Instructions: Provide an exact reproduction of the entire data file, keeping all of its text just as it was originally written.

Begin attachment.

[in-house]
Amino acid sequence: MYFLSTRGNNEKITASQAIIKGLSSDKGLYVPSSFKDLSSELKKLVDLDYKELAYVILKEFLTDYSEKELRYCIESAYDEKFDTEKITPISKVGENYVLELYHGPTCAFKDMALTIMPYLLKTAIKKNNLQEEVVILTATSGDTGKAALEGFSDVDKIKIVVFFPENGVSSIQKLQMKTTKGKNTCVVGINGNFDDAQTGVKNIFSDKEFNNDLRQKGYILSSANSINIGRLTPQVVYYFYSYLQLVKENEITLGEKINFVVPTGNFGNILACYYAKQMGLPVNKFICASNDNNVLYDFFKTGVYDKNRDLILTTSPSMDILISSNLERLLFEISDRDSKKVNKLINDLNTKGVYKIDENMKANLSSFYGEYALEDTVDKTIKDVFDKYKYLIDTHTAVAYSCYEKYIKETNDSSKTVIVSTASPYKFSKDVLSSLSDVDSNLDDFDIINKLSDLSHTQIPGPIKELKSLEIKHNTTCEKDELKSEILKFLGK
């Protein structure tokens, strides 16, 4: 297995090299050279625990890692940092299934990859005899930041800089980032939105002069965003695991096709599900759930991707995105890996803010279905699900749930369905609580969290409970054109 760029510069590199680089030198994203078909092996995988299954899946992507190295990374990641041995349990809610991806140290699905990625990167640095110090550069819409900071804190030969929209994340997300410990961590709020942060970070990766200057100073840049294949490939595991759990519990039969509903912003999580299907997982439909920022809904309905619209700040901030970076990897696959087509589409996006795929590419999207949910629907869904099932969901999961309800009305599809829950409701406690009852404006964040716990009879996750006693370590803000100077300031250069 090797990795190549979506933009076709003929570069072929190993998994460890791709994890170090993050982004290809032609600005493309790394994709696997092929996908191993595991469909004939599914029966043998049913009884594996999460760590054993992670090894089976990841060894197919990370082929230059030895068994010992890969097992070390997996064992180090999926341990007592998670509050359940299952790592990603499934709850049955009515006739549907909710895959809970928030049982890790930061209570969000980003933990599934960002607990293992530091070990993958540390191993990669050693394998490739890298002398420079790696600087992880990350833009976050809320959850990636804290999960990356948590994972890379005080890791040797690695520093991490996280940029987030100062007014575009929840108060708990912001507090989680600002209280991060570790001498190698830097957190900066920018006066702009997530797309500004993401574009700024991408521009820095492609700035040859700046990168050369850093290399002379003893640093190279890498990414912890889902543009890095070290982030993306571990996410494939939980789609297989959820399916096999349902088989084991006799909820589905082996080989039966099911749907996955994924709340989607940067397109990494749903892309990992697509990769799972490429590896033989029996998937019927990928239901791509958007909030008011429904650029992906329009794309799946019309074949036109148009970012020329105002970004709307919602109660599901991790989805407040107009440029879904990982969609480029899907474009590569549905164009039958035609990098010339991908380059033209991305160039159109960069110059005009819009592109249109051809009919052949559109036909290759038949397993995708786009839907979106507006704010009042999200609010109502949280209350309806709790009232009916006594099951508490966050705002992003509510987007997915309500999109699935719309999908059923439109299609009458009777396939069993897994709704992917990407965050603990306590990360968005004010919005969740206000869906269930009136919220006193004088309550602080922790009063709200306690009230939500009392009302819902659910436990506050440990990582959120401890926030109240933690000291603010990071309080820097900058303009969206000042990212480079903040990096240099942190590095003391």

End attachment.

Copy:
[in-house]
Amino acid sequence: MYFLSTRGNNEKITASQAIIKGLSSDKGLYVPSSFKDLSSELKKLVDLDYKELAYVILKEFLTDYSEKELRYCIESAYDEKFDTEKITPISKVGENYVLELYHGPTCAFKDMALTIMPYLLKTAIKKNNLQEEVVILTATSGDTGKAALEGFSDVDKIKIVVFFPENGVSSIQKLQMKTTKGKNTCVVGINGNFDDAQTGVKNIFSDKEFNNDLRQKGYILSSANSINIGRLTPQVVYYFYSYLQLVKENEITLGEKINFVVPTGNFGNILACYYAKQMGLPVNKFICASNDNNVLYDFFKTGVYDKNRDLILTTSPSMDILISSNLERLLFEISDRDSKKVNKLINDLNTKGVYKIDENMKANLSSFYGEYALEDTVDKTIKDVFDKYKYLIDTHTAVAYSCYEKYIKETNDSSKTVIVSTASPYKFSKDVLSSLSDVDSNLDDFDIINKLSDLSHTQIPGPIKELKSLEIKHNTTCEKDELKSEILKFLGK
């Protein structure tokens, strides 16, 4: 297995090299050279625990890692940092299934990859005899930041800089980032939105002069965003695991096709599900759930991707995105890996803010279905699900749930369905609580969290409970054109 760029510069590199680089030198994203078909092996995988299954899946992507190295990374990641041995349990809610991806140290699905990625990167640095110090550069819409900071804190030969929209994340997300410990961590709020942060970070990766200057100073840049294949490939595991759990519990039969509903912003999580299907997982439909920022809904309905619209700040901030970076990897696959087509589409996006795929590419999207949910629907869904099932969901999961309800009305599809829950409701406690009852404006964040716990009879996750006693370590803000100077300031250069 090797990795190549979506933009076709003929570069072929190993998994460890791709994890170090993050982004290809032609600005493309790394994709696997092929996908191993595991469909004939599914029966043998049913009884594996999460760590054993992670090894089976990841060894197919990370082929230059030895068994010992890969097992070390997996064992180090999926341990007592998670509050359940299952790592990603499934709850049955009515006739549907909710895959809970928030049982890790930061209570969000980003933990599934960002607990293992530091070990993958540390191993990669050693394998490739890298002398420079790696600087992880990350833009976050809320959850990636804290999960990356948590994972890379005080890791040797690695520093991490996280940029987030100062007014575009929840108060708990912001507090989680600002209280991060570790001498190698830097957190900066920018006066702009997530797309500004993401574009700024991408521009820095492609700035040859700046990168050369850093290399002379003893640093190279890498990414912890889902543009890095070290982030993306571990996410494939939980789609297989959820399916096999349902088989084991006799909820589905082996080989039966099911749907996955994924709340989607940067397109990494749903892309990992697509990769799972490429590896033989029996998937019927990928239901791509958007909030008011429904650029992906329009794309799946019309074949036109148009970012020329105002970004709307919602109660599901991790989805407040107009440029879904990982969609480029899907474009590569549905164009039958035609990098010339991908380059033209991305160039159109960069110059005009819009592109249109051809009919052949559109036909290759038949397993995708786009839907979106507006704010009042999200609010109502949280209350309806709790009232009916006594099951508490966050705002992003509510987007997915309500999109699935719309999908059923439109299609009458009777396939069993897994709704992917990407965050603990306590990360968005004010919005969740206000869906269930009136919220006193004088309550602080922790009063709200306690009230939500009392009302819902659910436990506050440990990582959120401890926030109240933690000291603010990071309080820097900058303009969206000042990212480079903040990096240099942190590095003391």